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What does it take to perform a six-hour opera? We asked a double bass player

Die Meistersinger von Nurnberg Opera Australia 2018
Photograph: Clive Barda

If watching six hours of opera sounds a little daunting, spare a thought for those who have to spend that stretch underneath the stage in the orchestra pit, providing the musical support for the singers onstage. While you might be able to zone out in the less action-packed sequences, musicians have to be alert and active for the entire show.

So what exactly does it take? Is it as exhausting as it sounds? What is "bass bum"? And what happens if you need a toilet break? We asked Stuart Riley, the principal bass for Orchestra Victoria, who is about to embark on an operatic marathon in Opera Australia's Die Meistersinger von Nürnberg.

What sort of preparation is required to perform a score of this length? 

Lots – including mental, physical, technical and musical. Most symphony concerts are two hours long, including an interval. Opera and ballet shows can be up to three hours, with one or two intervals. Meistersinger is advertised at six hours with two long intervals. Gotterdamerung, the last leg of the Ring Cycle, is closer to seven hours.

Some operas require a lot of individual practice to be able to play the notes. For Meistersinger, my practice has been focused on efficiency of sound production, ensuring that my right arm is working as it should so the bow does most of the work, not my arm. So I do a lot of long bow practice and other right hand exercises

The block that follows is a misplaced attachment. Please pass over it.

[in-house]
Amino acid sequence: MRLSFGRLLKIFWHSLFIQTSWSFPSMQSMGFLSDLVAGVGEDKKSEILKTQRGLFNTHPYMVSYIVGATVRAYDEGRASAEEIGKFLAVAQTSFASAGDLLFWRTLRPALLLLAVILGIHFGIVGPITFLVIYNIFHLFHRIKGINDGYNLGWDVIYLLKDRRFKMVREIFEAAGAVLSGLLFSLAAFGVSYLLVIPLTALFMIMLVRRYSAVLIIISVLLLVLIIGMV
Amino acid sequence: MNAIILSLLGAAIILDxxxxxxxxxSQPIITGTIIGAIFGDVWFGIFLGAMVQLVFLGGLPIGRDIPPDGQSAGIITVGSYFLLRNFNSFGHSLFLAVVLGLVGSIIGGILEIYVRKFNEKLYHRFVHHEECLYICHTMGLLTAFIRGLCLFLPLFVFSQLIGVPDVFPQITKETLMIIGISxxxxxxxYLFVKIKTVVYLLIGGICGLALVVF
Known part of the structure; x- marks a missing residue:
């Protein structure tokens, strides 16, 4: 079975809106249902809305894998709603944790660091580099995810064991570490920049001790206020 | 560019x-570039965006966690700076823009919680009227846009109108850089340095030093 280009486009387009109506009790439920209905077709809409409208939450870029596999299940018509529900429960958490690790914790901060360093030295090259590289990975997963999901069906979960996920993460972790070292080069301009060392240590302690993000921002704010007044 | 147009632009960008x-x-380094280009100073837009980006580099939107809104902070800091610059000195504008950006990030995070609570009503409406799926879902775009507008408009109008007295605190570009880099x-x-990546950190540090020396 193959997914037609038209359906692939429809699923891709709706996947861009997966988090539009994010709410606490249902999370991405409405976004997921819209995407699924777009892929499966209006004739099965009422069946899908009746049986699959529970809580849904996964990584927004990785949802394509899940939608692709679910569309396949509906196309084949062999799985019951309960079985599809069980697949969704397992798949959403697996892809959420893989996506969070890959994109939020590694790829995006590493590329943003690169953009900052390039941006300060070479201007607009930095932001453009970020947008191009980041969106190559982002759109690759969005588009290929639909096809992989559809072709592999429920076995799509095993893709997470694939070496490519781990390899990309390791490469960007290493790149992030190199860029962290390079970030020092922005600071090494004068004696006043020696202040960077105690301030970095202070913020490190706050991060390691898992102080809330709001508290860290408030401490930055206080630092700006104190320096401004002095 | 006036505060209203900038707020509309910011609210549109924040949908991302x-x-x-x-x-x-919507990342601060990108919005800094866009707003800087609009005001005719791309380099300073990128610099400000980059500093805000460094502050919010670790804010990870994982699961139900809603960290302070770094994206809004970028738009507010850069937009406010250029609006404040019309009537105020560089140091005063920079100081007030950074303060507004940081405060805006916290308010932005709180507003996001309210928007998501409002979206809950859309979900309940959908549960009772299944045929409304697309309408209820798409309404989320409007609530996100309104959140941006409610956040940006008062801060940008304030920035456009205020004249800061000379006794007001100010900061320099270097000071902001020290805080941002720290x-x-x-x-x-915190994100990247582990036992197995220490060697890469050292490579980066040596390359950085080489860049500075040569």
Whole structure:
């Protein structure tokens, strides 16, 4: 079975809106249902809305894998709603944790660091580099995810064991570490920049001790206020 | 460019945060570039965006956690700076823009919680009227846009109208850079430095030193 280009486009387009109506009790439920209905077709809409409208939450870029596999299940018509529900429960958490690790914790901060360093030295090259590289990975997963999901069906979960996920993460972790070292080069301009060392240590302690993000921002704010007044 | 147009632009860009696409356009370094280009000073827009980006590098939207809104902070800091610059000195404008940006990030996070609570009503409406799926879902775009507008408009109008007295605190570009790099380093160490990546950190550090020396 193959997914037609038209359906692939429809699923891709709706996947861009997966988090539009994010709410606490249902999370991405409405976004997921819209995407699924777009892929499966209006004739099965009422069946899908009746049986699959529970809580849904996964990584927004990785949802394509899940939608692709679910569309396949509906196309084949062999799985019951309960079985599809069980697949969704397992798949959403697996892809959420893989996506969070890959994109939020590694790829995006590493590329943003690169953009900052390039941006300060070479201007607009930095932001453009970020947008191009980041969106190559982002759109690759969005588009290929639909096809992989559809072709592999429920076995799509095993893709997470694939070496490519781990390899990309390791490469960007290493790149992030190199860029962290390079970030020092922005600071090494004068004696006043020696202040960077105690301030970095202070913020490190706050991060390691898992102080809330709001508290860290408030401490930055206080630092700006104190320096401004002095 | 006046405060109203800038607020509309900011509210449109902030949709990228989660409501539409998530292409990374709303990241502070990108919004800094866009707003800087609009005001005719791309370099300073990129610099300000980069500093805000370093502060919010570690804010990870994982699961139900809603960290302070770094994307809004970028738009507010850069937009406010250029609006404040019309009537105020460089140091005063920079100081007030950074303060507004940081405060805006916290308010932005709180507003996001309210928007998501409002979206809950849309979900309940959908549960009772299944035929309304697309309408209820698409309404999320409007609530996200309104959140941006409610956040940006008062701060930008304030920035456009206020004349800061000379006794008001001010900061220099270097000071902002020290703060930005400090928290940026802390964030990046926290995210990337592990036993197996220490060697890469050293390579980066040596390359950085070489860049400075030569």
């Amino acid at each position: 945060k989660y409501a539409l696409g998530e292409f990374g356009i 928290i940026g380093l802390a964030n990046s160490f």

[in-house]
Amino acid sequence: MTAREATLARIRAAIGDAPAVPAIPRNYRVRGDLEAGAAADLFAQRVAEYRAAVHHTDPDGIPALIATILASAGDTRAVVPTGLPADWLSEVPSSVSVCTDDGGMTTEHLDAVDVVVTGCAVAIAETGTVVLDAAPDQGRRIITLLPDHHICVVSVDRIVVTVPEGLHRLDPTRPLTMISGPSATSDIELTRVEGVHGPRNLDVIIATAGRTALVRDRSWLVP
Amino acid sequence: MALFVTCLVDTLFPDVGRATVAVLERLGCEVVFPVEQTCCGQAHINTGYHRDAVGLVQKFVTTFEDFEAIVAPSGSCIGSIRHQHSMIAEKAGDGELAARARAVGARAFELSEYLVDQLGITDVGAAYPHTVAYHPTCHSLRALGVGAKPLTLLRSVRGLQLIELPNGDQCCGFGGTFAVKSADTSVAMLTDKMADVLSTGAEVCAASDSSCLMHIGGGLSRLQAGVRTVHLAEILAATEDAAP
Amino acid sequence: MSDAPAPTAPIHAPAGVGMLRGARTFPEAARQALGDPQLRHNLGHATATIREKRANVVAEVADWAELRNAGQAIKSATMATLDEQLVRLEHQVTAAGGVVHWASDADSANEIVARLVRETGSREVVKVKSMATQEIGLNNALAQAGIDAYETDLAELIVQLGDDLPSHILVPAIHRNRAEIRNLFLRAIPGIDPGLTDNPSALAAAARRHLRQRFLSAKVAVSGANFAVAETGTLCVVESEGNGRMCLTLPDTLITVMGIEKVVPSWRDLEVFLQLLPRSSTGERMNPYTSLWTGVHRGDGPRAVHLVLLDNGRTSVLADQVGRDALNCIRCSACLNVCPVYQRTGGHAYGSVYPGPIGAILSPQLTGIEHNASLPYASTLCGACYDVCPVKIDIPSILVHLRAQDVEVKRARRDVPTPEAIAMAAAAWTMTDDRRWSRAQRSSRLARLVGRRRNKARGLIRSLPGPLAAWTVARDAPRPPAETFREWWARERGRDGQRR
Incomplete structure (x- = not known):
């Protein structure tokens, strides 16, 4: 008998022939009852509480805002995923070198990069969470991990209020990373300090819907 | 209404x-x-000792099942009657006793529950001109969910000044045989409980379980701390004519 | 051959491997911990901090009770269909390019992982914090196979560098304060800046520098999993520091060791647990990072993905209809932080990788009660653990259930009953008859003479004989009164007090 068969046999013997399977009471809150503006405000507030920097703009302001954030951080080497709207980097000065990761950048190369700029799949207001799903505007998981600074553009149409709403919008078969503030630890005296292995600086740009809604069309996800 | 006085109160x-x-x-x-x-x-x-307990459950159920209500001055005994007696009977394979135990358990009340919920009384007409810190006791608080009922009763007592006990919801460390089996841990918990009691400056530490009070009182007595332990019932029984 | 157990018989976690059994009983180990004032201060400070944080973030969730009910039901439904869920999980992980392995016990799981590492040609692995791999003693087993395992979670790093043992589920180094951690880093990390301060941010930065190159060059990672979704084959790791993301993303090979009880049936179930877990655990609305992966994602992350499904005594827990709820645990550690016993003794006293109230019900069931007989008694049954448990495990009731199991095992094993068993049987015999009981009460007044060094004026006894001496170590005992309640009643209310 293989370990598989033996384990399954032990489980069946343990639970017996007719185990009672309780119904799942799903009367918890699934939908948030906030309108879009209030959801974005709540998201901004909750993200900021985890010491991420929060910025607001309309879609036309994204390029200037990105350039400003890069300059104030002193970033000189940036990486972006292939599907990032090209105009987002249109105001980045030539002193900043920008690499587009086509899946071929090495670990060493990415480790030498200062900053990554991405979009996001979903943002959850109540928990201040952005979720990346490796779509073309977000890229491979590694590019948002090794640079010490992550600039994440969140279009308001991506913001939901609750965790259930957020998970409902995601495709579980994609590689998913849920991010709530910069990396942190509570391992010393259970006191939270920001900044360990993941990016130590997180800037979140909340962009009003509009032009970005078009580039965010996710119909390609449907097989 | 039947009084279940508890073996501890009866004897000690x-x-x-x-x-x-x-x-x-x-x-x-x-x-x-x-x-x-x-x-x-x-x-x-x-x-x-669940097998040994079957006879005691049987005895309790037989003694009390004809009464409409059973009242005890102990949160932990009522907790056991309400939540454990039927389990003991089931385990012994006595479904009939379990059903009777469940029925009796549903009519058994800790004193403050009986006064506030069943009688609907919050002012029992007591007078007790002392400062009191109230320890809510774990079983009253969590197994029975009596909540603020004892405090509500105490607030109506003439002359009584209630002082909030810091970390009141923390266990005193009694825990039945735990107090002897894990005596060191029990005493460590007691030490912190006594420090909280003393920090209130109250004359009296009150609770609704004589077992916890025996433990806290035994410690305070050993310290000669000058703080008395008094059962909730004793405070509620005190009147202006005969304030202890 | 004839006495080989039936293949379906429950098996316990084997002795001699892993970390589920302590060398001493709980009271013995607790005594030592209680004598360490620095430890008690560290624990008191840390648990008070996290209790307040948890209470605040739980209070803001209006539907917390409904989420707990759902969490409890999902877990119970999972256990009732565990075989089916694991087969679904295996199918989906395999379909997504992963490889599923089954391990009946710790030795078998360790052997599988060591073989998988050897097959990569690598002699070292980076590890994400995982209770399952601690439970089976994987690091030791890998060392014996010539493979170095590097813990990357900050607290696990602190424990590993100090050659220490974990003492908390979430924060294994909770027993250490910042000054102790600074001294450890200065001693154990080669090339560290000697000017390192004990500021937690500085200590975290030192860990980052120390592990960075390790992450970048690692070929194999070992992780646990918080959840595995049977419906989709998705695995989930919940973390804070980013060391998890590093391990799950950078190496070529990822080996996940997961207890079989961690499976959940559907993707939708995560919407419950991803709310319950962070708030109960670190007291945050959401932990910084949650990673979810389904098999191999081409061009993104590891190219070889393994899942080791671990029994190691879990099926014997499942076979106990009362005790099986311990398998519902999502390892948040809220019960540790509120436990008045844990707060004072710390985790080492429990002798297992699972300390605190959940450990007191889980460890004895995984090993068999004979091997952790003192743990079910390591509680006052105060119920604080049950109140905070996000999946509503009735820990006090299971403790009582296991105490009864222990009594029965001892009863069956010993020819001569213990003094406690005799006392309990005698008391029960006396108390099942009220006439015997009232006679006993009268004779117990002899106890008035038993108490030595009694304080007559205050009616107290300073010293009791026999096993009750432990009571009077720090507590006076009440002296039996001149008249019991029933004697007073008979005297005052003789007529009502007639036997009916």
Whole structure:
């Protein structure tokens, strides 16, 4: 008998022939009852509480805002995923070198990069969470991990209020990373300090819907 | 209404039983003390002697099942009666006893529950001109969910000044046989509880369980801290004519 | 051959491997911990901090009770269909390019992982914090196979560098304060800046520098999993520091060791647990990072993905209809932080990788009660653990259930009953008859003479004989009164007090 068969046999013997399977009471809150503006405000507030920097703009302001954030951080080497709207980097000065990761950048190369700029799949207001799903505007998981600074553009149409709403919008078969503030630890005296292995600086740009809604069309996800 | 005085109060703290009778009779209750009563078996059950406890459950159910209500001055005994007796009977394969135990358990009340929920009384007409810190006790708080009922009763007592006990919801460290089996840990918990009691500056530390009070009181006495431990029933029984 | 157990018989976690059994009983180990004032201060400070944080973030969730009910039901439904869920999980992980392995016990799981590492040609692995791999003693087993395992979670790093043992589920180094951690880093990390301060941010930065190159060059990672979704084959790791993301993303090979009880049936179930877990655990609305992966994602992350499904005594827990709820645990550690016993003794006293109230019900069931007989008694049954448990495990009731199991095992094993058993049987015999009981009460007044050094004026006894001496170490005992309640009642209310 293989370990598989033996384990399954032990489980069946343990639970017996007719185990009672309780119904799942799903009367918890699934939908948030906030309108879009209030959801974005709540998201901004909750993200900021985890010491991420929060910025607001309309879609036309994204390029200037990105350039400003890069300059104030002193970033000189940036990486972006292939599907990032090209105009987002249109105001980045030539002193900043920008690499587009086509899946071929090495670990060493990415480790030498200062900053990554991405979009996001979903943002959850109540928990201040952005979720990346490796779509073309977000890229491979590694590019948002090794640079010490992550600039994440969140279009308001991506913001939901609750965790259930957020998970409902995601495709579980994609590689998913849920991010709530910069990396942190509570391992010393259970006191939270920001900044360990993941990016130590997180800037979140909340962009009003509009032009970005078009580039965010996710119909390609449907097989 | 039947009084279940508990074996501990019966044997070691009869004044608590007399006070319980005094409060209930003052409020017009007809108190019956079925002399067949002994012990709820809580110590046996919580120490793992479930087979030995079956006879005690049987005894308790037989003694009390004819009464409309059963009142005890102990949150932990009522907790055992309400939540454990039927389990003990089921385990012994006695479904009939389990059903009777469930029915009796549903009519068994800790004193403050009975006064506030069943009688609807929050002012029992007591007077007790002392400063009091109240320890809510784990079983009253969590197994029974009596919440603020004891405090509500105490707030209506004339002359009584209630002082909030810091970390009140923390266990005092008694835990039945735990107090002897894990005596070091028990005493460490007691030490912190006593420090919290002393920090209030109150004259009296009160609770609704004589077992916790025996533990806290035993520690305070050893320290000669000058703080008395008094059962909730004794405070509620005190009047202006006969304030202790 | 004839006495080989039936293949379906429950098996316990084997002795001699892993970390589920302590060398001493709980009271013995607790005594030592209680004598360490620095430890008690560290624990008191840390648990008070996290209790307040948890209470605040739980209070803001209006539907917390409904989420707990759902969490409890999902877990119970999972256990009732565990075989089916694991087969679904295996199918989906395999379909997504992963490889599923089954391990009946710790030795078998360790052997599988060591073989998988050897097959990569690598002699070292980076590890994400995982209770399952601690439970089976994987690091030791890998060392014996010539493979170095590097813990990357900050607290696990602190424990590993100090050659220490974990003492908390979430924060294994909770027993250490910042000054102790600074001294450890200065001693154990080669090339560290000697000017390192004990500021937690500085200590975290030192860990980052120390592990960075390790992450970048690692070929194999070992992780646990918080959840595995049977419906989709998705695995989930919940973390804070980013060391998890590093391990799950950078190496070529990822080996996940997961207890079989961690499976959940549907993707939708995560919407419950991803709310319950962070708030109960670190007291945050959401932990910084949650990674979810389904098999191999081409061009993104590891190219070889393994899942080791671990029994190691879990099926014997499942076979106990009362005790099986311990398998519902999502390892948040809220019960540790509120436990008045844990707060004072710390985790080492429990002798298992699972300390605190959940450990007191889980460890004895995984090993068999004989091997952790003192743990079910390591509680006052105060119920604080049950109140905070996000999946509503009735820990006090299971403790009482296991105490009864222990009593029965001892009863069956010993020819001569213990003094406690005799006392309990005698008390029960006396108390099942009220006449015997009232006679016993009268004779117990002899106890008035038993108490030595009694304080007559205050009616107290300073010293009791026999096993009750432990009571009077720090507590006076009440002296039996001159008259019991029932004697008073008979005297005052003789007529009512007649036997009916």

Stuart Riley
Photograph: Supplied

 

I listen to most music I am working on. We are currently performing La Boheme at the same time as Meistersinger, and my preparation couldn't be much different. I have played the Puccini masterpiece many times, whereas this is my first Meistersinger. So I listen to the Wagner all the time for a month or more before the rehearsals begin. Technology and the internet help with this – Spotify and iTunes allow me to listen at the gym, doing emails, writing Q&A responses for Opera Australia (yes, I am listening right now), in the car, on the bike, and even ironing my black shirts. I have it on in the background at first, and some of the music starts to "stick". Closer to the rehearsal period, I listen with headphones on while reading my score.

One part of a bass player's body that needs preparation is the bottom. We sit on a bass stool for four and a half hours of music without the ability to get up and have a stretch. Some of the stool padding has known better days. "Bass bum" is a well known complaint!

What are the challenges of playing Wagner?

On top of the endurance and physical issues, the main challenges are tuning into the sound world and understanding the overall scope of the work. It's a marathon, not a sprint. There are so many leitmotivs [a recurring musical phrase that relates to a character, place or concept] and I find it useful to know what they represent on stage. It helps me navigate the long score and decide what style to play each one, based on the character we are portraying via the music.

The physical challenges are obvious, but the mental challenge is just as great. It's easy to tire in the last act, and that is 120 mins long in Meistersinger. The risk of zoning out is greater than shorter shows. We bass players work together, counting the rests and marking the rehearsal numbers with our bows, confirming we are in the right place. And a soft double bass case makes a very good sleeping bag, which is handy for a power nap in the two long intervals in the green room!